Nausea and Vomiting (cont.)
Benjamin Wedro, MD, FACEP, FAAEM
Dr. Ben Wedro practices emergency medicine at Gundersen Clinic, a regional trauma center in La Crosse, Wisconsin. His background includes undergraduate and medical studies at the University of Alberta, a Family Practice internship at Queen's University in Kingston, Ontario and residency training in Emergency Medicine at the University of Oklahoma Health Sciences Center.
Melissa Conrad Stöppler, MD
Melissa Conrad Stöppler, MD, is a U.S. board-certified Anatomic Pathologist with subspecialty training in the fields of Experimental and Molecular Pathology. Dr. Stöppler's educational background includes a BA with Highest Distinction from the University of Virginia and an MD from the University of North Carolina. She completed residency training in Anatomic Pathology at Georgetown University followed by subspecialty fellowship training in molecular diagnostics and experimental pathology.
In this Article
- Nausea and vomiting facts
- Introduction to nausea and vomiting
- What causes nausea or vomiting?
- Acute gastritis and nausea and vomiting
- Central causes of nausea and vomiting
- Nausea and vomiting associated with illness
- Nausea and vomiting from medications and medical treatments
- Nausea and vomiting and bowel obstruction
- Nausea and vomiting in pregnancy (morning sickness)
- Vomiting in infants
- What are home remedies for nausea or vomiting?
- When should I call the doctor regarding nausea and vomiting?
- How is the source of nausea or vomiting diagnosed?
- What is the treatment for nausea and vomiting?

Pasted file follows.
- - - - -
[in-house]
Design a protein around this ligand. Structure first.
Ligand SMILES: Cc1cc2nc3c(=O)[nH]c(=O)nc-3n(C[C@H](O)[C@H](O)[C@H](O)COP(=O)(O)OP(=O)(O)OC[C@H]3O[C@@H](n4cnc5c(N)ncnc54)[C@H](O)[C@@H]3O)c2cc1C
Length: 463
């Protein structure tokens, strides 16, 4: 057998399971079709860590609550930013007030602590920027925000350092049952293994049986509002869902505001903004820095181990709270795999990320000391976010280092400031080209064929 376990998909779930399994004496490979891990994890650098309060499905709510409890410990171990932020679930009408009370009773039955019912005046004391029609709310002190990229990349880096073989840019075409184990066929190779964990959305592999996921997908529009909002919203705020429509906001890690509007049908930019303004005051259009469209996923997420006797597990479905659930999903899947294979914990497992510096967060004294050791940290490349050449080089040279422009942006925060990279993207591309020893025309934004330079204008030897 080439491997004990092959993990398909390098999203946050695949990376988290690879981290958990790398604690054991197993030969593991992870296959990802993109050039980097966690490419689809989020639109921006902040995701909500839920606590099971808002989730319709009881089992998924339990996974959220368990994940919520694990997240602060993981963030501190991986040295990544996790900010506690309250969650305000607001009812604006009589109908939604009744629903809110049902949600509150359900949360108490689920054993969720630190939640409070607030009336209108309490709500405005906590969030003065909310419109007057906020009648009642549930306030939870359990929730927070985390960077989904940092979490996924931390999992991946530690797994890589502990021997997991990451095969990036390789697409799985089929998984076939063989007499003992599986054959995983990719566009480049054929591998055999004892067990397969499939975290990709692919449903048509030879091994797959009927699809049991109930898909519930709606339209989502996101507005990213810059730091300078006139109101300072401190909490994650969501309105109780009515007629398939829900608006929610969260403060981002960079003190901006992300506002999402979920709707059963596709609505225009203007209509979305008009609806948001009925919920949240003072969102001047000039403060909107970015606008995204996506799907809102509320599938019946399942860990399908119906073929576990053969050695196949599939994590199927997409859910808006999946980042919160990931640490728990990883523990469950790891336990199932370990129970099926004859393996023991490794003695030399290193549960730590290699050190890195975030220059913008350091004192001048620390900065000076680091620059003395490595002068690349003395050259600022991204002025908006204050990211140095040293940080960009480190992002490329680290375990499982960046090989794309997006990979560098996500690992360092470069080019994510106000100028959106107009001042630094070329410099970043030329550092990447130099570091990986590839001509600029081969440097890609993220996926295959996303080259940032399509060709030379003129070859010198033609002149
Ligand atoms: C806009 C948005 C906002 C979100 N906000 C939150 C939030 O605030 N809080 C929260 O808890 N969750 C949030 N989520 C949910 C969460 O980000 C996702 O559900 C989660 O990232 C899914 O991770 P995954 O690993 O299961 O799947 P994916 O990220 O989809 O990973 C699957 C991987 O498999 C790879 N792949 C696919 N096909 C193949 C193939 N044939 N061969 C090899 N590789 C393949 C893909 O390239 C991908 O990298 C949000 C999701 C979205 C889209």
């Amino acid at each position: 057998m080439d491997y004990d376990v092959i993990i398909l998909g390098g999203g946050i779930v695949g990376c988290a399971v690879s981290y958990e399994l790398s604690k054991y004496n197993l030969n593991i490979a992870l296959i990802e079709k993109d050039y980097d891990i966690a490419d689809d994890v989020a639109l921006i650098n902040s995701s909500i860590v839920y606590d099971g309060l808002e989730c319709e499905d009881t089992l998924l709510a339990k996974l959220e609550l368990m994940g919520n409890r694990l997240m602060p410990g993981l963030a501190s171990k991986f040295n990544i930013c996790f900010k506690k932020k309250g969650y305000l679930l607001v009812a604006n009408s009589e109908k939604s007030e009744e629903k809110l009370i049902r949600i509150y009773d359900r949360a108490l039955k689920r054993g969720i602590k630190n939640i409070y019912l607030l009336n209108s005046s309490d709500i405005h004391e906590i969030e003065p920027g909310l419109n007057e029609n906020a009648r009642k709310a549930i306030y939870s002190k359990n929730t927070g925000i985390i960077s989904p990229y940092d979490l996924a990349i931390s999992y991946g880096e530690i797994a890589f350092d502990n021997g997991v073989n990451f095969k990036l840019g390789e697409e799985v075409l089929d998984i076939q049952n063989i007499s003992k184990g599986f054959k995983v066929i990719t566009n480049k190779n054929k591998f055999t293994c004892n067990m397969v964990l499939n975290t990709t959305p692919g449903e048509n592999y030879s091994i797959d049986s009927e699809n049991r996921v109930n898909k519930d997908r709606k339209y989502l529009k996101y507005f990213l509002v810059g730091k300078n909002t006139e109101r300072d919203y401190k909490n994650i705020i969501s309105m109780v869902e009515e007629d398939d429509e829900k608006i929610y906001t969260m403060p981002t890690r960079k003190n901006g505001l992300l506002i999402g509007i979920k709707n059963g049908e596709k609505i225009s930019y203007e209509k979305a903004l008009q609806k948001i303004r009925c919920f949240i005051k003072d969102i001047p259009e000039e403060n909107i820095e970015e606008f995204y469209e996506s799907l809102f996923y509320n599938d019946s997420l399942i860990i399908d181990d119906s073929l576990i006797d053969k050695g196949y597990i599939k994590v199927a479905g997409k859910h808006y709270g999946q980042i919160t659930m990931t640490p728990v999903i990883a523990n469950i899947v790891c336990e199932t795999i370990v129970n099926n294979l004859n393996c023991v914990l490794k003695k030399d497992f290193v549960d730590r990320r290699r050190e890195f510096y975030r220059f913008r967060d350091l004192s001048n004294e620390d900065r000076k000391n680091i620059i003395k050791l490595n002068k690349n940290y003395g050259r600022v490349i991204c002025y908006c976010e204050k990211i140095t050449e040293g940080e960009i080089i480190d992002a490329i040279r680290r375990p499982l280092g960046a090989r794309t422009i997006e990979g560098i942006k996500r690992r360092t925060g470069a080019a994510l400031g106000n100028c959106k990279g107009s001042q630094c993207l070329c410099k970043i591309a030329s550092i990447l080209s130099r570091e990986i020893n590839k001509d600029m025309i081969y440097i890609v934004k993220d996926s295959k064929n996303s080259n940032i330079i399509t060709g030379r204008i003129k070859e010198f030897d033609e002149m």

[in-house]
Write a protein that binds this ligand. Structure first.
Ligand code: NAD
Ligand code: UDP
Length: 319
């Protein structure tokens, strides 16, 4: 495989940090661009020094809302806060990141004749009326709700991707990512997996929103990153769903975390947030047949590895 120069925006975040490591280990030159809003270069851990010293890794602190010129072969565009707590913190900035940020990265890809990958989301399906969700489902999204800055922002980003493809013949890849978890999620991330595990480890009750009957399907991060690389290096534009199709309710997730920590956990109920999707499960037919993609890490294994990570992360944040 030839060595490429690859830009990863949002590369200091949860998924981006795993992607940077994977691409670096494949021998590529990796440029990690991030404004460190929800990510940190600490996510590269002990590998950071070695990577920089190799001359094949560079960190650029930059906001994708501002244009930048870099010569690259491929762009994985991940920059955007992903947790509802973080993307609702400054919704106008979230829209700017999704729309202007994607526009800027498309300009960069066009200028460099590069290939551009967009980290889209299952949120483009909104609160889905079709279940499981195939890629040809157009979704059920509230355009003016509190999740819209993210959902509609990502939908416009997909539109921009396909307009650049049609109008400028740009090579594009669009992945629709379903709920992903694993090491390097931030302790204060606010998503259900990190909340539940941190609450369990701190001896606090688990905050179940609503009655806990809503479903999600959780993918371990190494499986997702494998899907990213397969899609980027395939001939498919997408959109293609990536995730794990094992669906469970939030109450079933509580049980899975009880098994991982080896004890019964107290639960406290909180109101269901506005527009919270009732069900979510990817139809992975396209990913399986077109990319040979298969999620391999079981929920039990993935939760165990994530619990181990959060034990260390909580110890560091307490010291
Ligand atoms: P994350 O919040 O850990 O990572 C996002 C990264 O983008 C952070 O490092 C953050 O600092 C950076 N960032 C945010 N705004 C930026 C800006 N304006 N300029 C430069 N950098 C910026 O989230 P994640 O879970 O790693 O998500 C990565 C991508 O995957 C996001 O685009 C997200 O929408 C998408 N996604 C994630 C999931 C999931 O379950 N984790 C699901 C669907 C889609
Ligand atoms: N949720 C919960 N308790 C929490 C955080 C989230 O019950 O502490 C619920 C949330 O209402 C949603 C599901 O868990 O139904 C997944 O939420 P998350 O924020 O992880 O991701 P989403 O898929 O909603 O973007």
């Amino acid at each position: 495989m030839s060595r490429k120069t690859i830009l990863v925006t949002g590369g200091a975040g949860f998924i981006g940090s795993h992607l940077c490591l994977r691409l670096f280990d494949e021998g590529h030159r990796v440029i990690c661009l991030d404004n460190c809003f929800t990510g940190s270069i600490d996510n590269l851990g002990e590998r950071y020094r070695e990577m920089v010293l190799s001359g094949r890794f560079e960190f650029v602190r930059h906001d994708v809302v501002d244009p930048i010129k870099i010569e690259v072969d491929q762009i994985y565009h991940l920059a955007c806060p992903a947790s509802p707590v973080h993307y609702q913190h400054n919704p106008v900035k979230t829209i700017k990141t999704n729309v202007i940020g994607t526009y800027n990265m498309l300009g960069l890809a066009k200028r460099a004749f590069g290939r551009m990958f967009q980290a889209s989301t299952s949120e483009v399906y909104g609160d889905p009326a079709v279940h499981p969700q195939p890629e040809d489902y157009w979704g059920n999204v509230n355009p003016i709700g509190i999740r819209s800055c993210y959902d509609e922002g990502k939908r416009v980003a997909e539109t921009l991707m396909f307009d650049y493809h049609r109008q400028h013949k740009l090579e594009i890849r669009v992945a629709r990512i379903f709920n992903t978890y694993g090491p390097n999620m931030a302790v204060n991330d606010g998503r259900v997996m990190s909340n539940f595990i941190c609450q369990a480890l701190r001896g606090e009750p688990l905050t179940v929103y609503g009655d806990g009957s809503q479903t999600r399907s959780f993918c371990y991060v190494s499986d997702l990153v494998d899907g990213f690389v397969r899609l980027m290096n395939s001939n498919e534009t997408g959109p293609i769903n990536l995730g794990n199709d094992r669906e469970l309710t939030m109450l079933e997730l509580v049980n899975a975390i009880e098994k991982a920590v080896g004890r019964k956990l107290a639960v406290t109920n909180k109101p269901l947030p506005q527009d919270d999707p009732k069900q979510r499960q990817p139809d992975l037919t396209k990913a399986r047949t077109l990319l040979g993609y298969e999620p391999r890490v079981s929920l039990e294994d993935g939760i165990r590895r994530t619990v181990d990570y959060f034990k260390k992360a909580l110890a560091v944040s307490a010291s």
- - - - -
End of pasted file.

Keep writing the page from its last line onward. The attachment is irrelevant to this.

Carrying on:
How is the source of nausea or vomiting diagnosed?
Diagnosis often can be made when the health care professional takes a careful history and performs a physical examination. Any tests that need to be ordered will be based on the direction from the history and physical exam, and sometimes no further testing is required to make the diagnosis.
Laboratory tests and X-rays may be ordered to assess the stability of the patient and not necessarily to make the diagnosis. For example, a patient with food poisoning may need blood tests ordered to measure the electrolytes and other chemicals, since the patient may lose significant amounts of sodium, potassium, and chloride from the body from persistent vomiting and diarrhea.
Urinalysis may be helpful in assessing hydration status. Concentrated, dark urine is associated with dehydration because the kidneys try to preserve as much water as possible in the body. Ketones in the urine are also a sign of dehydration.
What is the treatment for nausea or vomiting?
Nausea and vomiting can be treated with medication at the same time as the search for the underlying diagnosis is being carried out. Ideally, these symptoms should resolve when the underlying illness is treated and controlled.
Nausea and vomiting are often made worse when the patient is dehydrated, resulting in a vicious cycle. The nausea makes it difficult to drink fluid, making the dehydration worse, which then increases the nausea. Intravenous fluids may be provided to correct this issue and break the cycle.
There are a variety of anti-nausea medications (antiemetics) that may be prescribed. They can be administered in different ways depending upon the patient's ability to take them. Medications are available by pill, liquid, or tablets that dissolve on or under the tongue, by intravenous or intramuscular injection, or by rectal suppository.
Common medications used to control nausea and vomiting include:
- promethazine (Phenergan),
- prochlorperazine (Compazine),
- droperidol (Inapsine)
- metoclopramide (Reglan), and
- ondansetron (Zofran).
The decision as to which medication to use will depend on the patient's condition.
REFERENCE: Tintinalli J, et al. Tintinalli's Emergency Medicine: A Comprehensive Study Guide. 7th edition. McGraw-Hill Professional 2010
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